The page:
Privmed – ACCA Paper 3.3 Dec 2002
Privmed is a privately-owned profit-seeking hospital that specialises in operations to replace hip and knee joints. Privmed traditionally determines its prices by adding a 10% mark-up to the budgeted full cost of an operation. The fixed overheads are absorbed on the basis of operating hours using a predetermined rate.
Privmed operating and financial data for 20X1
Hip Knee Total
Total operating capacity (hours) 10,800
Theatre utilisation ratio 70%
Average duration of operation 3.0 hours 3.6 hours
Number of operations undertaken * 1,270
Total costs $15,036,780
Fixed overheads $12,000,000
* not given
The variable costs per operation are as budgeted.
Privmed budgeted data for 20X1
Hip Knee Total
Fixed overhead $12,000,000
Annual operating hours 8,000
Variable cost per operation $1,450 *
* not given
(a) Calculate the number of hip operations undertaken during the year and the variable cost of
performing a knee operation. (4 marks)
(b) Calculate the prices that Privmed would have charged in 20X1 for:
(i) A hip operation
(ii) A knee operation (4 marks)
(c) An activity based costing study recently discovered that the fixed overheads are determined by
non-operating, time-related activities. The study revealed the following data.
Activity Cost driver Hip Knee overheads
Consultations with potential No of consultations 3,000 2,000 8,980,000
X-rays Number of X-rays 6,200 6,200 1,800,000
Post-operative care Days of care 7,860 23,580 1,220,000
Recalculate the prices that would have been charged in 20X1 for each knee and hip operation by
using an activity based costing approach. (5 marks)
(d) Compare the results of your calculated prices in (b) and (c) and suggest with reasons what pricing
decisions you would recommend to the hospital. (5 marks)
(e) The Regional Public Health Authority is under pressure to reduce the length of its patients' waiting
lists for knee and hip operations. In an effort to improve the situation the area manager has
approached Privmed and asked them to consider whether they would undertake some operations
on a fee-paying basis. The approach is welcome, as the hospital's theatre manager would like to
improve the utilisation of the facilities. Indeed, the hospital recently employed a consultant for a fee of $70,000 to assess the financial viability of undertaking public health authority operations at differing levels. The consultant concluded that contracting to undertake public health authority operations would also add to the administrative workload currently undertaken by the hospital eg billing and quality monitoring activities. It would be necessary to employ an additional clerk for $15,000 pa and additional variable administrative cost per operation would be $150 for a knee operation and $100 for a hip operation. If the hospital were to take on this work, it must also consider an additional requirement to keep 2.5% of its total operating capacity spare to meet the immediate needs of its 'special' clients ie it cannot plan to use this proportion of its total capacity. The public health authority has approached the hospital and has proposed two alternative one-year contracts.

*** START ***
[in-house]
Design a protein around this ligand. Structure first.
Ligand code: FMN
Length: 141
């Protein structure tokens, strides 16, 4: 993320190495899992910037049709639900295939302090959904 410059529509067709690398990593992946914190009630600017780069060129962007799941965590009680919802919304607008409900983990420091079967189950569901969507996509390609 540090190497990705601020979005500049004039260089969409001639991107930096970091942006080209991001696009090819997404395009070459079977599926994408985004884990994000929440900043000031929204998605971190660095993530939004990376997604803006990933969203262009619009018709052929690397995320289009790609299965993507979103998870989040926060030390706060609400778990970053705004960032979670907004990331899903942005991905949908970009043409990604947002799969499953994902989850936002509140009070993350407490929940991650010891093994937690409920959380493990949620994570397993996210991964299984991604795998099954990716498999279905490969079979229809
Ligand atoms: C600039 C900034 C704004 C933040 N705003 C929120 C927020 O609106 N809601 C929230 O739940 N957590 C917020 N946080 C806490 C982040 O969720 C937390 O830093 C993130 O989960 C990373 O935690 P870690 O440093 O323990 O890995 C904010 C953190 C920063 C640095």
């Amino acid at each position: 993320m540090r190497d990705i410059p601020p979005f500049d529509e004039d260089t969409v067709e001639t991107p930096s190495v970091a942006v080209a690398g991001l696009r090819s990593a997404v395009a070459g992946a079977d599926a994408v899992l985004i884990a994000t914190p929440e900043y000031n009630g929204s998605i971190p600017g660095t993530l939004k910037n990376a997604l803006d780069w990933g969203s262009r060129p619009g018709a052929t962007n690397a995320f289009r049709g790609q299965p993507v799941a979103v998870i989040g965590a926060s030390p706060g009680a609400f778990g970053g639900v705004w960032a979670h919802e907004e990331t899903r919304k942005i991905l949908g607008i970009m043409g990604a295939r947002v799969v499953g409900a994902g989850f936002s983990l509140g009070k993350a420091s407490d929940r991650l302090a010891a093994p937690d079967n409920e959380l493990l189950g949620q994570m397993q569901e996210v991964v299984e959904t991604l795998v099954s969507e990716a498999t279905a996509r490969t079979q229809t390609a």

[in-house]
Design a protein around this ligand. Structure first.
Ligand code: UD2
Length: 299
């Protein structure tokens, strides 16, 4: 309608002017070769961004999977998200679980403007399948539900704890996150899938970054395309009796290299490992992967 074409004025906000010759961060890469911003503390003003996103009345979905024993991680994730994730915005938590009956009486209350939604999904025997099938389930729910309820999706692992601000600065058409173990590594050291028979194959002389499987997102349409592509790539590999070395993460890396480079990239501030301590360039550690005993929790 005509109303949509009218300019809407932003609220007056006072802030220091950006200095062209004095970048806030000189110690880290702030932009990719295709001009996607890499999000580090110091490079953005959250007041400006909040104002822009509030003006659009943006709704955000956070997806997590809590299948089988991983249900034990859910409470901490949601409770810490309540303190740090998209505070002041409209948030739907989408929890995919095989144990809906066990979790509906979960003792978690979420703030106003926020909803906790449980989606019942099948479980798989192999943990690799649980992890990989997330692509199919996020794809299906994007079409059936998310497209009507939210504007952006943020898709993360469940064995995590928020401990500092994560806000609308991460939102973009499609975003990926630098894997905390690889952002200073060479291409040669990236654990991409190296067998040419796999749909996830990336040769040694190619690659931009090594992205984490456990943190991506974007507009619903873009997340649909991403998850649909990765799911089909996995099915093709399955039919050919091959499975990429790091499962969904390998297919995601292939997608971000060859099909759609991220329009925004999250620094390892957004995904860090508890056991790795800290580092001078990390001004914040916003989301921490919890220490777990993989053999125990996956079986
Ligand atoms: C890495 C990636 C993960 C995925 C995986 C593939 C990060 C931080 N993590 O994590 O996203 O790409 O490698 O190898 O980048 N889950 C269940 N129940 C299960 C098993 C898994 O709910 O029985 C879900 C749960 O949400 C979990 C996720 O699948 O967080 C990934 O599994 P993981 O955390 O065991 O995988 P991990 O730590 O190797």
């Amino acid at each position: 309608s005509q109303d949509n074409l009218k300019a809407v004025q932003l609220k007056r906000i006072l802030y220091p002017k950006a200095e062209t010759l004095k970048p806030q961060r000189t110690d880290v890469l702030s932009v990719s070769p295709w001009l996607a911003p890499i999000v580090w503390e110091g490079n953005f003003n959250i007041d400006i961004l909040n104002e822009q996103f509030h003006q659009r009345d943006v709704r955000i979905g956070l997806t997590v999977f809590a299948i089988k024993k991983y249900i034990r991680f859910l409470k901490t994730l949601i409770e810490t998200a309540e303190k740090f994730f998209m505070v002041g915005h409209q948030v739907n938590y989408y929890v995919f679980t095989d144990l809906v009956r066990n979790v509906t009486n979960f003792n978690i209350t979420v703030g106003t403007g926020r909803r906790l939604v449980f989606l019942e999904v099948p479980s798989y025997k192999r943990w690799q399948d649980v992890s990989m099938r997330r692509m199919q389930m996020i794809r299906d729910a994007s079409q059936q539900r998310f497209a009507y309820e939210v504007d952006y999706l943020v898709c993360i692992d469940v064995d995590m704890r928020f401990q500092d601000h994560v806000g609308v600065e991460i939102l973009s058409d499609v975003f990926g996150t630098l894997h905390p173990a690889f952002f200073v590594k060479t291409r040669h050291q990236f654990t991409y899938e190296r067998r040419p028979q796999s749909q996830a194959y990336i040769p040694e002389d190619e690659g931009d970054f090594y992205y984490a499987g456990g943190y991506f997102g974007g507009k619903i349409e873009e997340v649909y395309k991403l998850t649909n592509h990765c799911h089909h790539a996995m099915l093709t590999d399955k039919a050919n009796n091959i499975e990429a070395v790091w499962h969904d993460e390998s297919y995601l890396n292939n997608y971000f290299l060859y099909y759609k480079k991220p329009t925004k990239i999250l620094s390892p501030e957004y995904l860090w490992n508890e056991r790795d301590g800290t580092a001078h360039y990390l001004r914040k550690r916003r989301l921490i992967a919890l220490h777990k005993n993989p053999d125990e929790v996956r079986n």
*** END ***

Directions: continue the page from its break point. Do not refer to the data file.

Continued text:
The hospital would be required to perform an equal number of hip and knee operations during the next year that would utilise their remaining available spare capacity. The public health authority has agreed that the contract price should be composed of all the relevant incremental costs of the contract plus an 80% mark up.
The hospital would be required to perform 1,500 knee operations. The public health authority will refund all the additional administrative costs resulting from the contract. The 1,500 additional knee operations would require the hospital to install a temporary operating theatre for a total cost of $500,000 with a two-year life. On completion of the contract, the hospital estimates that it could lease the temporary theatre during its second year with the following revenue estimates. 30% probability of earning $200,000
40% probability of earning $100,000
30% probability of earning $80,000
The public health authority is only prepared to pay $3,500,000 in addition to the refund of administrative costs for this one-year contract.
(i) Calculate the contract price and estimated financial benefit of Contract 1. (7 marks) (ii) Calculate the estimated financial benefit of Contract 2. (3 marks)
Note. The data/calculations in this section are at 20X1 price levels.
(f) If either of the contracts were to be taken on, it would result in no capacity being available to meet an unexpected increase in demand from the hospital's private patients.
Explain the potential revenue consequences of such an event occurring and compile a list of information/data that you require to assess the financial consequences of the private patient demand unexpectedly rising to 80% of the total capacity during the contract year. (7 marks)
(g) Suggest three broad areas of non-financial performance that the public health authority is likely to have to monitor as part of a contract involving knee and hip operations. Your answer should include specific variables that are to be monitored. (5 marks)
(Total = 40 marks)